Peripheral blood cytopenia is a persistent clinical challenge that may be associated with an increased risk of cancer-related mortality, particularly in Black patients, suggesting cytopenia may be an early marker of severe disease. This is according to research presented during the 2021 ASH Annual Meeting by Diego Adrianzen Herrera, MD, of the Larner College of Medicine at the University of Vermont in Burlington.
The research was part of the REGARDS trial, which prospectively enrolled 30,239 individuals from the U.S. between 2003 and 2007. The investigators identified cancer death rates via a semiannual phone follow-up period through 2018. In the study, cytopenia was defined by the presence of at least two of the following criteria:
- hemoglobin below age, sex, and race-specific lowest 5th percentile
- white cell count below race-specific lowest 5th percentile
- platelet count below lowest 5th percentile
- macrocytosis (MCV >98 fL)
The hazard of cytopenia-related cancer mortality was calculated in Cox proportional hazards models. Model 1 adjusted for demographics, Model 2 adjusted for Model 1 plus risk factors for cancer/anemia, and Model 3 adjusted for Model 1 plus socioeconomic factors. Additionally, the researchers assessed differences in the association of cytopenia and cancer death by race, while Inverse Odds Ratio Weighting (IORW) mediation analysis was used to assess the effect of cytopenia as a mediator in the race-to-cancer mortality interaction.
Of the 19,028 participants who were included in the analysis, 60% were White and 62% were female. There were 1,112 cancer deaths and 3,725 deaths from other causes during the median follow-up period of nine years. Approximately 2% (n=383) of participants had cytopenia, including 65% (n=25) of White patients and 35% (n=113) of Black patients. The prevalence of cytopenia increased by advancing age and was highest in males (56%).
In all multivariate models, cytopenia was significantly associated with increased risk of cancer mortality, including in models adjusted for demographics (hazard ratio [HR] = 1.60; 95% CI 1.16-2.21), cancer risk factors (HR=1.67; 95% CI 1.2-2.32), and socioeconomic variables (HR=1.58; 95% CI 1.12-2.23). Additionally, both anemia and macrocytosis were associated with the risk of cancer-related death in all three hazard models.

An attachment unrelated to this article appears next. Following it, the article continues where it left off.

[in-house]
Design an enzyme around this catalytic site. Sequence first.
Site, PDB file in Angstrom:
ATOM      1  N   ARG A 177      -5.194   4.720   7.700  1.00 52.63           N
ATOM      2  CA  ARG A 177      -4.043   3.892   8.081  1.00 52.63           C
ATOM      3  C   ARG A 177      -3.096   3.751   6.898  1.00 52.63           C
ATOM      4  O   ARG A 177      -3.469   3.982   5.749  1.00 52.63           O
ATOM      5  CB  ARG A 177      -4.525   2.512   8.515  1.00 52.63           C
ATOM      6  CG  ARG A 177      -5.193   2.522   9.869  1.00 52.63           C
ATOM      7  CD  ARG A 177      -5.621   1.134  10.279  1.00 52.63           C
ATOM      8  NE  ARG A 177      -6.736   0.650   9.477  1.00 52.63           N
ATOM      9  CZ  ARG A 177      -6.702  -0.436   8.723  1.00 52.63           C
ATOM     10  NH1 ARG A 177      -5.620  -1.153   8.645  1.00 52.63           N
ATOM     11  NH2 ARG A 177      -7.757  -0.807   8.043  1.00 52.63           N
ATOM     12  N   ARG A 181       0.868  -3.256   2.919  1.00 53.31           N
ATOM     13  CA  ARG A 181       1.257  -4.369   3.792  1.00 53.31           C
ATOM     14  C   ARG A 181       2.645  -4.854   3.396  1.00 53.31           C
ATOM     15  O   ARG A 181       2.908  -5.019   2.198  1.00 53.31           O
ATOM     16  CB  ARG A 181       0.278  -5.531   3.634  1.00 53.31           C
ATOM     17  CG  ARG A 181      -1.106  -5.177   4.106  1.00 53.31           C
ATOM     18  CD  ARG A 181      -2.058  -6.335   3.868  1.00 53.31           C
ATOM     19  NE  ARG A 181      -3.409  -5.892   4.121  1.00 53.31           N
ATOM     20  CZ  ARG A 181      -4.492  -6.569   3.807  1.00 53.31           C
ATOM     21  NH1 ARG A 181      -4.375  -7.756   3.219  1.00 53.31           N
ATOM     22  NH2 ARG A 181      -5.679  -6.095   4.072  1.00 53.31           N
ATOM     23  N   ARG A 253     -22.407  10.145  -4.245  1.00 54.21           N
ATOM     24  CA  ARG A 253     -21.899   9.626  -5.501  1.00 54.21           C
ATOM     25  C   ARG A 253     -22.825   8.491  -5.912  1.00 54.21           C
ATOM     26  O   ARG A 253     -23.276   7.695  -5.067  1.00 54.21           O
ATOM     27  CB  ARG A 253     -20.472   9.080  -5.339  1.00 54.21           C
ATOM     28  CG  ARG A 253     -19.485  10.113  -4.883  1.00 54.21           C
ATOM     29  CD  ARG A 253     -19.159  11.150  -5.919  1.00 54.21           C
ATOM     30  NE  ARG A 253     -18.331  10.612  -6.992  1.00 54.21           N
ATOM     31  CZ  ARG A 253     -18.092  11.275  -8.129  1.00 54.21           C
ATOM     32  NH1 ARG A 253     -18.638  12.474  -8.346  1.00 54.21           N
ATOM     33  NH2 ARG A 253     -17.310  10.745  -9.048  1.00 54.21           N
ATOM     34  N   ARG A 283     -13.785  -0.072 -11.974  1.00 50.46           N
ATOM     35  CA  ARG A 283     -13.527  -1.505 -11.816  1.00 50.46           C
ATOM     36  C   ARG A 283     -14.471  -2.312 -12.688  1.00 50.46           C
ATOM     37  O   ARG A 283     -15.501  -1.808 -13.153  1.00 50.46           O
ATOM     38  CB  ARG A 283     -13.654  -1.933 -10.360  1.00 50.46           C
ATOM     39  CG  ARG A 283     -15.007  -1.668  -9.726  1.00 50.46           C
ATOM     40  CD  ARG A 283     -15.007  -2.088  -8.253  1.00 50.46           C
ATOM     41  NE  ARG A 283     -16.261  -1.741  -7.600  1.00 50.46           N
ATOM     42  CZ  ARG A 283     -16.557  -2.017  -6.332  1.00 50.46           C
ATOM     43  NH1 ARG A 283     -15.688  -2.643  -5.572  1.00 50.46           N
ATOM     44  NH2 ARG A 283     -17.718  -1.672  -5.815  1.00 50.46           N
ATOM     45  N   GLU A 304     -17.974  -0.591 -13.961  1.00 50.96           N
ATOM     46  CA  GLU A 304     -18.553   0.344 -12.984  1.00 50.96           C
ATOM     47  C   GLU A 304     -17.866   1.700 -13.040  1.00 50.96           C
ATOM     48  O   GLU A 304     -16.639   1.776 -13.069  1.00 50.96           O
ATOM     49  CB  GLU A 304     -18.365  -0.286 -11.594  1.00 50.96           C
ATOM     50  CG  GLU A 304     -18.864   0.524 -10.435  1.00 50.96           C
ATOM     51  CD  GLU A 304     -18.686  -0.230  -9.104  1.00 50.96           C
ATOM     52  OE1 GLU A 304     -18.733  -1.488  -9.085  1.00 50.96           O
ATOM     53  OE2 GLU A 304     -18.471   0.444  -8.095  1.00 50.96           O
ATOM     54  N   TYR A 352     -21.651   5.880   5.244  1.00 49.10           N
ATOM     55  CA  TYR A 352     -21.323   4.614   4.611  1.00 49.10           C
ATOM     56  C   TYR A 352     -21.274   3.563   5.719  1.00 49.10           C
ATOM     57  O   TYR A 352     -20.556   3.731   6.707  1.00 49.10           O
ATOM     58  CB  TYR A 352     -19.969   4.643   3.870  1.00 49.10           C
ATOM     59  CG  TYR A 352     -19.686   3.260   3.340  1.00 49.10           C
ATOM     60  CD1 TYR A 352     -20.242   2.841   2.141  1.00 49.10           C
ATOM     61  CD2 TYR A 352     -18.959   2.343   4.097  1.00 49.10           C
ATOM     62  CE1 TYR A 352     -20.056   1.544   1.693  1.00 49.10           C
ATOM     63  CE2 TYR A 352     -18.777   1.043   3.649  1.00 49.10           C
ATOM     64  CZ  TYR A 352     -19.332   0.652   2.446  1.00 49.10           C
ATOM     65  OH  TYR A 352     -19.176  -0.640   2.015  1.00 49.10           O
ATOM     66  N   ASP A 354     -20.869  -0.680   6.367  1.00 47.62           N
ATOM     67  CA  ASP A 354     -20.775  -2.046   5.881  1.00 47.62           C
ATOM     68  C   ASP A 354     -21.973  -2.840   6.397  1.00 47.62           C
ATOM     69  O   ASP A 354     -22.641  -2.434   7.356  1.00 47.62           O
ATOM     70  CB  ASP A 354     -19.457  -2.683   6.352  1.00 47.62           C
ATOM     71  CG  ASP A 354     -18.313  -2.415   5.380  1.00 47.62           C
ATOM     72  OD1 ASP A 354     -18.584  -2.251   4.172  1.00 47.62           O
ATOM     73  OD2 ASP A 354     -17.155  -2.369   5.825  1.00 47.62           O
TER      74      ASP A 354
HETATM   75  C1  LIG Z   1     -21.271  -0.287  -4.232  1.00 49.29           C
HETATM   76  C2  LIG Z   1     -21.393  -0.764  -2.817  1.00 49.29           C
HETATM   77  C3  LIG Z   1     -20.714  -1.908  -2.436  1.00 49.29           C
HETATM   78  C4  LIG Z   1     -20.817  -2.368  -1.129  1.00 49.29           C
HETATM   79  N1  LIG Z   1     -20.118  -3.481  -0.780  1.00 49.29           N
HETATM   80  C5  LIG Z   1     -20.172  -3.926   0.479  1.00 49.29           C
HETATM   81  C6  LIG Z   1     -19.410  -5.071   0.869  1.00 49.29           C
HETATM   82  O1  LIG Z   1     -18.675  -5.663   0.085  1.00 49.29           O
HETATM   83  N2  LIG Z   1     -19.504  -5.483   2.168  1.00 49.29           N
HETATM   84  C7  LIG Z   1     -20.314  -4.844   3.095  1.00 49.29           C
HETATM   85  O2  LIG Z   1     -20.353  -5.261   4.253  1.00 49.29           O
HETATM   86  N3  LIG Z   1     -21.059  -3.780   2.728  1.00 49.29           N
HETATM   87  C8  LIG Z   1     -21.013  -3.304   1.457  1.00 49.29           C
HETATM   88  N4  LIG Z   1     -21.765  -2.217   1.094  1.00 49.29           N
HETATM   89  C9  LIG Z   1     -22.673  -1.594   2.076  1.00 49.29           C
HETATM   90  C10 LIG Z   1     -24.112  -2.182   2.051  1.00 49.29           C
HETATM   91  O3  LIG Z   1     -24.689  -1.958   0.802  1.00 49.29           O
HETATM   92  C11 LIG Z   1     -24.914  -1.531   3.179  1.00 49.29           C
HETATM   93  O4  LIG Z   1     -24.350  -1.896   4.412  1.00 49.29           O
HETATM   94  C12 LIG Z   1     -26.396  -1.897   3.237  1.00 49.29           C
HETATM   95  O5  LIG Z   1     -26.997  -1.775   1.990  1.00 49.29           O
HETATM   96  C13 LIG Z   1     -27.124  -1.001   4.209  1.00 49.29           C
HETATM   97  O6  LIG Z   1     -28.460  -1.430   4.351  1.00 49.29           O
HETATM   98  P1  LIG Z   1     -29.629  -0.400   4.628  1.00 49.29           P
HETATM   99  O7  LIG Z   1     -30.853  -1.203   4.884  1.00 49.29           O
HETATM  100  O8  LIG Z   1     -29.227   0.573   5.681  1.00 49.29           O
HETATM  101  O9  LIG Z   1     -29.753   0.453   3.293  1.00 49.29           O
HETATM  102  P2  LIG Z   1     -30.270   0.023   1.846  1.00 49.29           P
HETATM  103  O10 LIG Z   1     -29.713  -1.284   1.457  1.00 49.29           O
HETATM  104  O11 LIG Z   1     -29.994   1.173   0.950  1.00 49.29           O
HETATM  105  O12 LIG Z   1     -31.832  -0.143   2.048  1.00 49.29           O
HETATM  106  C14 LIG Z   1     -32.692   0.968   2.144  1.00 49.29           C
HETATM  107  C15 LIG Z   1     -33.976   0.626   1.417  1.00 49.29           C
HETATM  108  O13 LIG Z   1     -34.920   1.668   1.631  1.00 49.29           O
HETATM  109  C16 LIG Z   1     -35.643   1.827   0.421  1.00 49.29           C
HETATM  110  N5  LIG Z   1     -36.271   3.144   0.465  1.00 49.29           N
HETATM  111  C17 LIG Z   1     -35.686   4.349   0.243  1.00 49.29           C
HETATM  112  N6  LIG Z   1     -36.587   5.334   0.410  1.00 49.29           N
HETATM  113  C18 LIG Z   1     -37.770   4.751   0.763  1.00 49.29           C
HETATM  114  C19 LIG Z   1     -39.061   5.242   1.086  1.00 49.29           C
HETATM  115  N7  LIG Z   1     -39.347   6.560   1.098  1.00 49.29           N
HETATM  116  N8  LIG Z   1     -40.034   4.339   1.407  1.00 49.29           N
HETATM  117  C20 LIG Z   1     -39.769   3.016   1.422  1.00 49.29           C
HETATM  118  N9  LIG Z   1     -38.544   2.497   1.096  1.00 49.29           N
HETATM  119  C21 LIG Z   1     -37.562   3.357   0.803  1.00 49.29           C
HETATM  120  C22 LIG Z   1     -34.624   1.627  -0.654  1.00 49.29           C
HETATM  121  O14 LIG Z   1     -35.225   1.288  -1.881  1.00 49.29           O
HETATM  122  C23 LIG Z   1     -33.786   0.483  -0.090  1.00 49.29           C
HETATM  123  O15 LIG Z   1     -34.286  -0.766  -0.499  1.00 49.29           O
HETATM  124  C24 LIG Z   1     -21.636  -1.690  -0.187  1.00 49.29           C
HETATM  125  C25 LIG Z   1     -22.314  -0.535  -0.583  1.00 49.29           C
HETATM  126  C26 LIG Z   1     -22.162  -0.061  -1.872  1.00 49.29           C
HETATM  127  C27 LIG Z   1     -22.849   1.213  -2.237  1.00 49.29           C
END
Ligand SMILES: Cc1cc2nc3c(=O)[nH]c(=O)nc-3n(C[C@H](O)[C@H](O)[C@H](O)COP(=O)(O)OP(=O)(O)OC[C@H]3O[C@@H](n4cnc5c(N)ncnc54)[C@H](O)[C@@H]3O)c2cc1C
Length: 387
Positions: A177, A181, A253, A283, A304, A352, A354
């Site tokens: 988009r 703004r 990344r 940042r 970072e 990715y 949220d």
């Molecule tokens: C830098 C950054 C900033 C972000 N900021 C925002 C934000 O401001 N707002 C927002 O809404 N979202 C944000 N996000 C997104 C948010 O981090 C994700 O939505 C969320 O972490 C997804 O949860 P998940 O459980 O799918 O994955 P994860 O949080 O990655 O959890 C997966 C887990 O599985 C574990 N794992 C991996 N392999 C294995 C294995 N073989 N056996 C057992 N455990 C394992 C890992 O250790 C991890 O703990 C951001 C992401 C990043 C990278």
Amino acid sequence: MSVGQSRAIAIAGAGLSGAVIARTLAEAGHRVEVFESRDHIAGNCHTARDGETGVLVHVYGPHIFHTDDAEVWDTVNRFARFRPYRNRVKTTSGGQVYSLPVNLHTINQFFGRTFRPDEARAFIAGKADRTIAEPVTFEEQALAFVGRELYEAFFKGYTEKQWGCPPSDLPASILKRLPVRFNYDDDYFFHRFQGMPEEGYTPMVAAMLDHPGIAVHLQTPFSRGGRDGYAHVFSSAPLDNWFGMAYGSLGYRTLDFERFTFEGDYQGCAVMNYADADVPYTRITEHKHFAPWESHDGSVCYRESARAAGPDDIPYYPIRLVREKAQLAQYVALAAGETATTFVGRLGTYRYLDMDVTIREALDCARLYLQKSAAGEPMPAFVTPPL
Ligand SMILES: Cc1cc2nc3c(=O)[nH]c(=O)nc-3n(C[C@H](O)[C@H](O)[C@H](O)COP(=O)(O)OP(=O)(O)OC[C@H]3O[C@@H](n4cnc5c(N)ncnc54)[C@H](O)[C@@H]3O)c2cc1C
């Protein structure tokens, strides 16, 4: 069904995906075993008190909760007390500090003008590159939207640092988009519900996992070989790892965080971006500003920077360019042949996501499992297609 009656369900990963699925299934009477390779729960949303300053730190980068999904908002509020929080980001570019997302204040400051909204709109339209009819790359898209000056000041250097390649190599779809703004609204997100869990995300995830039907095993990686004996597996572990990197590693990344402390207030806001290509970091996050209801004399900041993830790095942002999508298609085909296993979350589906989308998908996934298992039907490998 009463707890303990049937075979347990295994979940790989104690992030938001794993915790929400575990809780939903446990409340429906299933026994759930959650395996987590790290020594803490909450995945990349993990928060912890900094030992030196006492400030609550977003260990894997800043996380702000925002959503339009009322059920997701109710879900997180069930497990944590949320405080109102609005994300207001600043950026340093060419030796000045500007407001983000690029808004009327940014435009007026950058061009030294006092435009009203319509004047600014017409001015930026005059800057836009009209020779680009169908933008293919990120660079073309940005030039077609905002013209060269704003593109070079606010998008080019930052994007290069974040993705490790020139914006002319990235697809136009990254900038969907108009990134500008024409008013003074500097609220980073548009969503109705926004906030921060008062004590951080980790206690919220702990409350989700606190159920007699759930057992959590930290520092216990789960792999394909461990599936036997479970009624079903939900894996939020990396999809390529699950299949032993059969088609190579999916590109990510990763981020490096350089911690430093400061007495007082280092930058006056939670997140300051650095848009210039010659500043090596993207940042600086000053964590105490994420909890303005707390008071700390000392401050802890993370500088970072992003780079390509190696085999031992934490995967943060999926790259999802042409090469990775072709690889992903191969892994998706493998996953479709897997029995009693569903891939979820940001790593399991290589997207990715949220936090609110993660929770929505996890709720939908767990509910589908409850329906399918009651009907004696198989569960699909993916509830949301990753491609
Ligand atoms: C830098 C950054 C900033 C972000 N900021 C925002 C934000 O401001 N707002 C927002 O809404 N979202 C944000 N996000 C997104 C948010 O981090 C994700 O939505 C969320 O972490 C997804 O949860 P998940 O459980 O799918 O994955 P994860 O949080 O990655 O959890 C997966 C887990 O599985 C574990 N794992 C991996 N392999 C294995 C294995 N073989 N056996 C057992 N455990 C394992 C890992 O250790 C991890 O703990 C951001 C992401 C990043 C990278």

The 10-year cumulative incidence of cancer-related death was significantly greater in patients with than without baseline cytopenia (13% vs. 6.5%, respectively; p<0.01). In the analysis of race by cytopenia interaction, the HR for cancer mortality was significantly higher in Black patients compared with White patients in Model 1 (2.01 vs. 1.41, respectively; p=0.016), Model 2 (2.12 vs. 1.45; p=0.009), and Model 3 (1.82 vs. 1.44; p=0.04).
Across all models, individual hematologic parameters with higher HR for cancer in Black versus White patients included anemia (Model 1: 1.98 vs. 1.76, p<0.001; Model 2: 1.95 vs. 1.73, p<0.001; Model 3: 1.80 vs. 1.54, p<0.001) and macrocytosis (Model 1: 1.78 vs. 1.57, p<0.001; Model 2: 1.59 vs. 1.36, p=0.012; Model 3: 1.68 vs. 1.60, p<0.001). In the mediation analysis by IORW estimation method, the researchers did not find cytopenia to be a significant mediator in the pathway between the association of race and cancer death.
The researchers concluded that their findings can possibly “inform further studies aimed at clarifying racial disparities in cancer death through theorized mechanisms such as clonal hematopoiesis.”
Any conflicts of interest declared by the authors can be found in the original abstract.
Herrera DA, Koh I, Gangaraju R, Akinyemiju T, Zakai NA. Peripheral Blood Cytopenia and Risk of Cancer Mortality. Abstract #177. Presented at the 2021 American Society of Hematology Annual Meeting, December 11, 2021.